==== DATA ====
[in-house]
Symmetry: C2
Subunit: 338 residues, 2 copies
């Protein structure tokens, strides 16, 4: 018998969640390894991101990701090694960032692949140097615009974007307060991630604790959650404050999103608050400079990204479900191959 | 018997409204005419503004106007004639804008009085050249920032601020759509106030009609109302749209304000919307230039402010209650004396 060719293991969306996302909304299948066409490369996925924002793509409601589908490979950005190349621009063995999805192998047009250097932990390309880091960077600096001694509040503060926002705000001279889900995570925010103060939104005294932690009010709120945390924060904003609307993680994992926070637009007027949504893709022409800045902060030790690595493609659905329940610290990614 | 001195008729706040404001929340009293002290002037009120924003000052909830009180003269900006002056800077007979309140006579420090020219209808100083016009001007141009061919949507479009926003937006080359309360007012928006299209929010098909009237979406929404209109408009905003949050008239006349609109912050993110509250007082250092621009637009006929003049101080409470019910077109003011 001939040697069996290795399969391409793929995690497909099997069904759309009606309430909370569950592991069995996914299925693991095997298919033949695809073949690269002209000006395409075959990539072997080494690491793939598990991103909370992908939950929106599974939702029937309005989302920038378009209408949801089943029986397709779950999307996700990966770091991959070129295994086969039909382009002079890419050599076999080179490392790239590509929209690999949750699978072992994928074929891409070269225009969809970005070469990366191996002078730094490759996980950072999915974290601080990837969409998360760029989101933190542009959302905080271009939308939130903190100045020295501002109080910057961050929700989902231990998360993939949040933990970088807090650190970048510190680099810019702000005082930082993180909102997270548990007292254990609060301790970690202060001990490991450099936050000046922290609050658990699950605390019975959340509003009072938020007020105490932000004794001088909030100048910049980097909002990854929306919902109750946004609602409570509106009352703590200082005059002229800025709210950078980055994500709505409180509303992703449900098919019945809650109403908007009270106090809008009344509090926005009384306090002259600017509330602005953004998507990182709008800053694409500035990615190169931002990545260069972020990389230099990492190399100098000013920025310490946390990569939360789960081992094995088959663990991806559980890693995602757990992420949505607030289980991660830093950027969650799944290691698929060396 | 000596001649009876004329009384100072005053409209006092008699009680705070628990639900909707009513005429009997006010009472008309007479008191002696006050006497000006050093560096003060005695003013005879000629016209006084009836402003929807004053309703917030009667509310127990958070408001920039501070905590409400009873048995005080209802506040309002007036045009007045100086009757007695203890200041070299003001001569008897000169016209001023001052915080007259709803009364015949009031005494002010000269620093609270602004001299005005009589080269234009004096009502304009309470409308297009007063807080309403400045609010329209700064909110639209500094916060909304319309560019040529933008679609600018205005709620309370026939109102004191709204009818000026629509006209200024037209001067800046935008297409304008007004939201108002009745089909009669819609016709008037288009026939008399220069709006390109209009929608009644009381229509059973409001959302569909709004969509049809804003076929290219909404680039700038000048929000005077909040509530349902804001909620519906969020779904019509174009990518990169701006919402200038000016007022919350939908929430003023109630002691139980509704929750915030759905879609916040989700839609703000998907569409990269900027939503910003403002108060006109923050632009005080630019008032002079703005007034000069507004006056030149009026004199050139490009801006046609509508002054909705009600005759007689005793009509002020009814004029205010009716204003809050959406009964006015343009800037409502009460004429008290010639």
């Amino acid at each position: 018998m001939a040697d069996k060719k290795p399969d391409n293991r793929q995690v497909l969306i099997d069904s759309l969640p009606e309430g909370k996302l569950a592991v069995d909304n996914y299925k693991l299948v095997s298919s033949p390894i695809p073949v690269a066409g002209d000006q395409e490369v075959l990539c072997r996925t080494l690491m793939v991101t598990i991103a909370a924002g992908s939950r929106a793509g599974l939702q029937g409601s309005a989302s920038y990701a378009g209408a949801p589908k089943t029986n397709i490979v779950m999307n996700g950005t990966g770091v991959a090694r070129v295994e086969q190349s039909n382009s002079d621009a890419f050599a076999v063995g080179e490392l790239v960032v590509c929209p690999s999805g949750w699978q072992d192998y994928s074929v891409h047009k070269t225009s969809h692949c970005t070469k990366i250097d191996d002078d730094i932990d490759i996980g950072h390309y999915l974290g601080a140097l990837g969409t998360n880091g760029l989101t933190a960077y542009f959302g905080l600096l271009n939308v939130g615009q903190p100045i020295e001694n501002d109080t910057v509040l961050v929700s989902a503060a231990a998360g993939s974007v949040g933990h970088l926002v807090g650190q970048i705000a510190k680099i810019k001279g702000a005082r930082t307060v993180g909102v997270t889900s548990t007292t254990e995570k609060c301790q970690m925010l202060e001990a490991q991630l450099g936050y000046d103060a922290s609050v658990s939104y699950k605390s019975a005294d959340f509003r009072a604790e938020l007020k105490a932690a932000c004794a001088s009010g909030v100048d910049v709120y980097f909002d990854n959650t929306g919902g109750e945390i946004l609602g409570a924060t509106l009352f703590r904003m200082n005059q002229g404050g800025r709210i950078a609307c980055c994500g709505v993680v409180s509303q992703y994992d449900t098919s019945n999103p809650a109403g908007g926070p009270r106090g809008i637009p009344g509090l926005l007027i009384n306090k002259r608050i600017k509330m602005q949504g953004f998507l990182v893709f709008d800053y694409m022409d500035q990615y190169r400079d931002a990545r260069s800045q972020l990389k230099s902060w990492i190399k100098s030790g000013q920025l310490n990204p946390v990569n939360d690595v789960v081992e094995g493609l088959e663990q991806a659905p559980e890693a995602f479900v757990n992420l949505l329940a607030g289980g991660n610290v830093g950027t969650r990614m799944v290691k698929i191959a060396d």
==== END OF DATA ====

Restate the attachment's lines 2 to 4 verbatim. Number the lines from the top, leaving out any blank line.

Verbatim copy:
Symmetry: C2
Subunit: 338 residues, 2 copies
């Protein structure tokens, strides 16, 4: 018998969640390894991101990701090694960032692949140097615009974007307060991630604790959650404050999103608050400079990204479900191959 | 018997409204005419503004106007004639804008009085050249920032601020759509106030009609109302749209304000919307230039402010209650004396 060719293991969306996302909304299948066409490369996925924002793509409601589908490979950005190349621009063995999805192998047009250097932990390309880091960077600096001694509040503060926002705000001279889900995570925010103060939104005294932690009010709120945390924060904003609307993680994992926070637009007027949504893709022409800045902060030790690595493609659905329940610290990614 | 001195008729706040404001929340009293002290002037009120924003000052909830009180003269900006002056800077007979309140006579420090020219209808100083016009001007141009061919949507479009926003937006080359309360007012928006299209929010098909009237979406929404209109408009905003949050008239006349609109912050993110509250007082250092621009637009006929003049101080409470019910077109003011 001939040697069996290795399969391409793929995690497909099997069904759309009606309430909370569950592991069995996914299925693991095997298919033949695809073949690269002209000006395409075959990539072997080494690491793939598990991103909370992908939950929106599974939702029937309005989302920038378009209408949801089943029986397709779950999307996700990966770091991959070129295994086969039909382009002079890419050599076999080179490392790239590509929209690999949750699978072992994928074929891409070269225009969809970005070469990366191996002078730094490759996980950072999915974290601080990837969409998360760029989101933190542009959302905080271009939308939130903190100045020295501002109080910057961050929700989902231990998360993939949040933990970088807090650190970048510190680099810019702000005082930082993180909102997270548990007292254990609060301790970690202060001990490991450099936050000046922290609050658990699950605390019975959340509003009072938020007020105490932000004794001088909030100048910049980097909002990854929306919902109750946004609602409570509106009352703590200082005059002229800025709210950078980055994500709505409180509303992703449900098919019945809650109403908007009270106090809008009344509090926005009384306090002259600017509330602005953004998507990182709008800053694409500035990615190169931002990545260069972020990389230099990492190399100098000013920025310490946390990569939360789960081992094995088959663990991806559980890693995602757990992420949505607030289980991660830093950027969650799944290691698929060396 | 000596001649009876004329009384100072005053409209006092008699009680705070628990639900909707009513005429009997006010009472008309007479008191002696006050006497000006050093560096003060005695003013005879000629016209006084009836402003929807004053309703917030009667509310127990958070408001920039501070905590409400009873048995005080209802506040309002007036045009007045100086009757007695203890200041070299003001001569008897000169016209001023001052915080007259709803009364015949009031005494002010000269620093609270602004001299005005009589080269234009004096009502304009309470409308297009007063807080309403400045609010329209700064909110639209500094916060909304319309560019040529933008679609600018205005709620309370026939109102004191709204009818000026629509006209200024037209001067800046935008297409304008007004939201108002009745089909009669819609016709008037288009026939008399220069709006390109209009929608009644009381229509059973409001959302569909709004969509049809804003076929290219909404680039700038000048929000005077909040509530349902804001909620519906969020779904019509174009990518990169701006919402200038000016007022919350939908929430003023109630002691139980509704929750915030759905879609916040989700839609703000998907569409990269900027939503910003403002108060006109923050632009005080630019008032002079703005007034000069507004006056030149009026004199050139490009801006046609509508002054909705009600005759007689005793009509002020009814004029205010009716204003809050959406009964006015343009800037409502009460004429008290010639």